Many WWII vets, hung over from celebrating VE Day yesterday (Victory in Europe, May 8th, 1945) woke up this morning to find oil is near $126/barrel. Think gas is expensive? On a per-gallon basis Diet Snapple is $10.32 per gallon, Lipton Ice Tea is $9.52 per gallon, Gatorade $10.17 per gallon, Brake Fluid $33.60 per gallon, Vick’s Nyquil $178.13 per gallon, Pepto Bismol $123.20 per gallon, Scope $84.48 per gallon, and Evian water is $21.19 per gallon! (Evian spelled backwards is “naïve”.) So, the next time you’re at the pump, be glad your car doesn’t run on Scope, Pepto Bismol, Nyquil or Evian water!
Speaking of spending money, do you ever wonder what goes into our Consumer Price Index (CPI) calculation every month? Now you can see all the CPI details (link to NY Times).
A UN official says the World Food Program is suspending cyclone aid to Myanmar because its government seized supplies flown into the country. Some critics are saying the United States should not be in such a hurry to send aid when there are parts of Louisiana & Mississippi, and Thailand, which still have extensive damage from their disasters years ago and could use assistance.
How are builders, and loan agents who cater to them, holding up? Not well. Scott Eckstein, president of the Illinois Home Builders Association, told the House Small Business Subcommittee on Finance and Tax that, “There is deep concern that the dislocations in the financing markets will increase the depth and length of the housing downturn.” Builders are battling tighter mortgage underwriting, harder-to-find loans for land acquisition, development, and construction (AD&C). Home buyers to obtain financing to purchase new homes. Is anyone surprised by this?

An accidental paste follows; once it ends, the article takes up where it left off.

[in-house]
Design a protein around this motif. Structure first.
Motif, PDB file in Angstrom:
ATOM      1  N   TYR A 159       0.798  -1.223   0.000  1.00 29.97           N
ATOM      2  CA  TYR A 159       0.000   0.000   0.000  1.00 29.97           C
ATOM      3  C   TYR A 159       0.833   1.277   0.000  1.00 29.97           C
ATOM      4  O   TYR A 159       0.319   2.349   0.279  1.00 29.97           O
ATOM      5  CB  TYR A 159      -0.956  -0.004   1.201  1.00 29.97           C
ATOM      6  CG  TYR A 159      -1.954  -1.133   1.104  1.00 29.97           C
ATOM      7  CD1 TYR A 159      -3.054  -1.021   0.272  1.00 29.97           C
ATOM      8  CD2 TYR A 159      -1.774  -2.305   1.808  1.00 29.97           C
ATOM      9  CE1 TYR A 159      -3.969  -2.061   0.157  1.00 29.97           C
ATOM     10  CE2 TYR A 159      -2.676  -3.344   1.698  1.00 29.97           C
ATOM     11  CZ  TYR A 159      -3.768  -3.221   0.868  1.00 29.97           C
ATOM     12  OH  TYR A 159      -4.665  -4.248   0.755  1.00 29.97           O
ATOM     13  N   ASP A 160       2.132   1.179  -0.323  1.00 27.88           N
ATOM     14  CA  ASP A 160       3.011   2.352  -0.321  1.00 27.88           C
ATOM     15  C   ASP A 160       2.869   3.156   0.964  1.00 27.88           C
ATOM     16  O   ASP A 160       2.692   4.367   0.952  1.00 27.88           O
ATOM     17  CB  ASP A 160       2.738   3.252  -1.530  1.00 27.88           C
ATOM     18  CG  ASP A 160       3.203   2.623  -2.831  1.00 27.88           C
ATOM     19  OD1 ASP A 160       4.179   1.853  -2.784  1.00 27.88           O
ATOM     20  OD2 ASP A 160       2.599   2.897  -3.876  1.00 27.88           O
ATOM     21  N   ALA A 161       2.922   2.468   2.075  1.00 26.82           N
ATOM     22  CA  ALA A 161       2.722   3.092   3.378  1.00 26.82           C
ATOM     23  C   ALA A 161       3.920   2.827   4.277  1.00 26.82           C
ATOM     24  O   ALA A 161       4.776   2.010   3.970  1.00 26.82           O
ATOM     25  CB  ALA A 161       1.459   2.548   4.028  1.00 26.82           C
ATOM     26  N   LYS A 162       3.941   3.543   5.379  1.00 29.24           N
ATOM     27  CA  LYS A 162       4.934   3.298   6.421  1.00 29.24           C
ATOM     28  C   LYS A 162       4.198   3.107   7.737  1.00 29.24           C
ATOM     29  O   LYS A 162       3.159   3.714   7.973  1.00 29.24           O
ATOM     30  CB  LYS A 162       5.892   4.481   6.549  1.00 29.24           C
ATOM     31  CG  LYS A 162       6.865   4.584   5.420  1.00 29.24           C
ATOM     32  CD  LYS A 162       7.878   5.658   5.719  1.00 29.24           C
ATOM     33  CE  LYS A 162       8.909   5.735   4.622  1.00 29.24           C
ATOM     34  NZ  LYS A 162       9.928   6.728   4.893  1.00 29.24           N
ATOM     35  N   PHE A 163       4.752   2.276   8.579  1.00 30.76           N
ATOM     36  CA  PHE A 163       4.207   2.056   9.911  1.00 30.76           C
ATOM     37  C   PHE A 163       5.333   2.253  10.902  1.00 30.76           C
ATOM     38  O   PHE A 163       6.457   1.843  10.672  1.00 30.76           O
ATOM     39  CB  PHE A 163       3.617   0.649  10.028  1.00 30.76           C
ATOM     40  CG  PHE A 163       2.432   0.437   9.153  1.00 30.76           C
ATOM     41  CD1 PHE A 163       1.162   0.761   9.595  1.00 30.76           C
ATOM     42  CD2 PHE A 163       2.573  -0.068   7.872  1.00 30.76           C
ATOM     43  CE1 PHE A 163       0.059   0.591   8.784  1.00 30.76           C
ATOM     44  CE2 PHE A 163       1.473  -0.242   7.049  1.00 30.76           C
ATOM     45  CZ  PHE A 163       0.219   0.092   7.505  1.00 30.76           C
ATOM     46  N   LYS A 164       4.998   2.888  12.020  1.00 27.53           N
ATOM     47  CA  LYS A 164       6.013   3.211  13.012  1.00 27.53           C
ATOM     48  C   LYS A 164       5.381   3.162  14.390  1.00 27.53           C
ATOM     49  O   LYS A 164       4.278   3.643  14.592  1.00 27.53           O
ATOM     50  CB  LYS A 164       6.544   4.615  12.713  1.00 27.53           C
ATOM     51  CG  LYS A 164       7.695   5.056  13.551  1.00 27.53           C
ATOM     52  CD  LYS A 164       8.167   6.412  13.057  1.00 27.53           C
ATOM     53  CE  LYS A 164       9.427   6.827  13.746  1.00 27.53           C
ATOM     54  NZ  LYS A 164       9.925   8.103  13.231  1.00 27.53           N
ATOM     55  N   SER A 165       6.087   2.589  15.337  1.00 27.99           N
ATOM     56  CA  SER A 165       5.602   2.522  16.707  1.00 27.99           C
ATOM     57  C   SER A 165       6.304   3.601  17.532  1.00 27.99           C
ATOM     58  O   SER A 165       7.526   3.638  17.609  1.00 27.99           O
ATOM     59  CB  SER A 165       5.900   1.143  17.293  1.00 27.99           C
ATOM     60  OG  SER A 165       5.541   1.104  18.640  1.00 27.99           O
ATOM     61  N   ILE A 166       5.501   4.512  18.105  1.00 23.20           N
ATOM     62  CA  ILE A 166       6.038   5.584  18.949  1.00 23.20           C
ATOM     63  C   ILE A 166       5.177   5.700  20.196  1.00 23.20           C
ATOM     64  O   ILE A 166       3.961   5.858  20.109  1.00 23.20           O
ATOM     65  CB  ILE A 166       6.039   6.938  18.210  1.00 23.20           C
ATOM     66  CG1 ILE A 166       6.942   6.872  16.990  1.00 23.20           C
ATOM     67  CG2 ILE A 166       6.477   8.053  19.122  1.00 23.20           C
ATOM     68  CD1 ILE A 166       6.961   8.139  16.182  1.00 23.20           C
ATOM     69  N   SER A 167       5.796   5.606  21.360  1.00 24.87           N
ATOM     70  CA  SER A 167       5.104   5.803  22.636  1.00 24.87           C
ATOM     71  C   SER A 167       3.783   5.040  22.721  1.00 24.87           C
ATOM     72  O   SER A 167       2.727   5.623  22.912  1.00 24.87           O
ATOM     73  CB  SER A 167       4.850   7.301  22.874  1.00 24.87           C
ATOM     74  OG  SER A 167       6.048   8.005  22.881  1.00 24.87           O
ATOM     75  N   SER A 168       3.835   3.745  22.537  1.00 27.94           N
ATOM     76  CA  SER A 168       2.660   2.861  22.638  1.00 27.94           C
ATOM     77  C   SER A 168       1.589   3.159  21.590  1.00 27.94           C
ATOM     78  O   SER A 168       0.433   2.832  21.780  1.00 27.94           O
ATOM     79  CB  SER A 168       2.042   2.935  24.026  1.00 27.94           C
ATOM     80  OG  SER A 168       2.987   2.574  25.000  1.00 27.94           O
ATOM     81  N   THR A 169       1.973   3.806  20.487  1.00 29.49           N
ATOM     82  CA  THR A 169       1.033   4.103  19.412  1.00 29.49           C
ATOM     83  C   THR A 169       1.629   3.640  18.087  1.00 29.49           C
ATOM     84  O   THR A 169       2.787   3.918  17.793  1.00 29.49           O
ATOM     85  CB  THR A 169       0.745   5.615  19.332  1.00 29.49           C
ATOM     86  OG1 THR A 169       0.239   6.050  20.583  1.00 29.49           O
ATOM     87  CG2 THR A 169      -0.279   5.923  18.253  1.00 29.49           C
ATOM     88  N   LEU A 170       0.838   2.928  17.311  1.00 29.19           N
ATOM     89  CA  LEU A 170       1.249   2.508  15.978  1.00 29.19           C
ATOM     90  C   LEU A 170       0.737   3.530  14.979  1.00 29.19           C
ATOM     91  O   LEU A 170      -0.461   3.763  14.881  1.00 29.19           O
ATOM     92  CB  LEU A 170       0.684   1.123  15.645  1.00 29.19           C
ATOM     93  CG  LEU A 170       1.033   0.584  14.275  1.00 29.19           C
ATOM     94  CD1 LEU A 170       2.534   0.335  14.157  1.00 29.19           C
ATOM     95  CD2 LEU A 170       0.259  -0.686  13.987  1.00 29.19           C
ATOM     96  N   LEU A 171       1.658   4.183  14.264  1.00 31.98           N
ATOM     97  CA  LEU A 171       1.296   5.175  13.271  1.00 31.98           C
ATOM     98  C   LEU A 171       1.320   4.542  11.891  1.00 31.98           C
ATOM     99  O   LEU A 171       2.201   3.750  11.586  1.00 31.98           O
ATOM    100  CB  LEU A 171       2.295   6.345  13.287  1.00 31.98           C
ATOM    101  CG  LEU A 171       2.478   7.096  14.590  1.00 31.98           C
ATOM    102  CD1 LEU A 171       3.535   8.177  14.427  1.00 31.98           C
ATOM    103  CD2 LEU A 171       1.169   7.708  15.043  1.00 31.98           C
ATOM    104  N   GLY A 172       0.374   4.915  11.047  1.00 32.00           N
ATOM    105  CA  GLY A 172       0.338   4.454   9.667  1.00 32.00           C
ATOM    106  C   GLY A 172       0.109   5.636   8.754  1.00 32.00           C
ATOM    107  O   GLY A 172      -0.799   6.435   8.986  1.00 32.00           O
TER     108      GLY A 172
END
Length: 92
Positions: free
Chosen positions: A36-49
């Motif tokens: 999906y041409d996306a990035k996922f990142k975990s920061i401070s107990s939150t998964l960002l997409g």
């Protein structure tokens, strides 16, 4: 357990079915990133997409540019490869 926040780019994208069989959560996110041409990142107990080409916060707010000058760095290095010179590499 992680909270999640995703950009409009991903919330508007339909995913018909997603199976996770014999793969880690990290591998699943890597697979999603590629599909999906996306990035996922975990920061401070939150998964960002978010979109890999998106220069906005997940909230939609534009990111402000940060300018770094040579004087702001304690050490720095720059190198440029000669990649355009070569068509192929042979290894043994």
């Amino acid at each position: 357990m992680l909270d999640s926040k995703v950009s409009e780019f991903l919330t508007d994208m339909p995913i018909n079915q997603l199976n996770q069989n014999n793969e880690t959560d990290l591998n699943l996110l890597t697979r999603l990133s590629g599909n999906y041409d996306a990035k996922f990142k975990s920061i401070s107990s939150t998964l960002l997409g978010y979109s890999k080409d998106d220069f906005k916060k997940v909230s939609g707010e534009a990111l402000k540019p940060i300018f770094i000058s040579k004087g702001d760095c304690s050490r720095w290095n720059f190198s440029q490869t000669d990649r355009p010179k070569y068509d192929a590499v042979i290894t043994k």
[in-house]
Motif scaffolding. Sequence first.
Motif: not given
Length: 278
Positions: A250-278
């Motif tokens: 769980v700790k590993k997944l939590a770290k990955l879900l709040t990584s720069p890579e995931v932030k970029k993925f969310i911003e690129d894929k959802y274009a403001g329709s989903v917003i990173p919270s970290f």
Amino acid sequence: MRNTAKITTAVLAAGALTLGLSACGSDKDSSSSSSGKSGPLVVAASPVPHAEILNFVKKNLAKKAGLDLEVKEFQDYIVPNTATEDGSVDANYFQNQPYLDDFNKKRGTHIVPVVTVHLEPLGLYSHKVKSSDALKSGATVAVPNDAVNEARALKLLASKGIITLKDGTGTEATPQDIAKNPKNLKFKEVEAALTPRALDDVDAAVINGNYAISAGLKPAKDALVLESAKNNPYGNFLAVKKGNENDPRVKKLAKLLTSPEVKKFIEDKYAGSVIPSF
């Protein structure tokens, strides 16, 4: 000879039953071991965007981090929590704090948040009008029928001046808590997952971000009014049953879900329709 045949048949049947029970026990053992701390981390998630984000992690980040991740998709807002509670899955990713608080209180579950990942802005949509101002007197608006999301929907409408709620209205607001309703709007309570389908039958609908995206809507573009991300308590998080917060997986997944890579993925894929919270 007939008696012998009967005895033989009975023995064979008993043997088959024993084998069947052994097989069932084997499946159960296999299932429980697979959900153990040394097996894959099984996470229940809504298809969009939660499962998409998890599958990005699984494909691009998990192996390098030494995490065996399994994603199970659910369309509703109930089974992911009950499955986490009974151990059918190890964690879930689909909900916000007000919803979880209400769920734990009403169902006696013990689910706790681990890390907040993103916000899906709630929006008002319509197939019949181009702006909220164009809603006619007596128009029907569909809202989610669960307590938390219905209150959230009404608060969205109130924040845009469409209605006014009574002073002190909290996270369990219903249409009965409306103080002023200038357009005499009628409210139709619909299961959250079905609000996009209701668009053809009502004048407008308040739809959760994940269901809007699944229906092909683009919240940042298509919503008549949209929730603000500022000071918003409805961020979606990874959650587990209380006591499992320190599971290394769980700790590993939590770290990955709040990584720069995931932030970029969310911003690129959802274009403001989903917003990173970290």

This morning it was reported that the U.S. trade deficit narrowed more than expected in March due to the value of imports dropping, in spite of high oil prices. The trade gap shrank to $58.2 billion in March, down 5.7% from a revised estimate of $61.7 billion in February. The $6.1 billion drop in the value of imports to $206.7 billion was the biggest on record and the biggest percentage drop since December 2001. In a sign the current U.S. economic slowdown is taking a toll on consumer and business demand, major import categories like autos and auto parts, industrial supplies and materials, and consumer goods were all down. The market likes the news, and is continuing the improvement that we saw yesterday. The 10-yr is down into the mid 3.70’s, and mortgage prices are better by roughly .125 in price.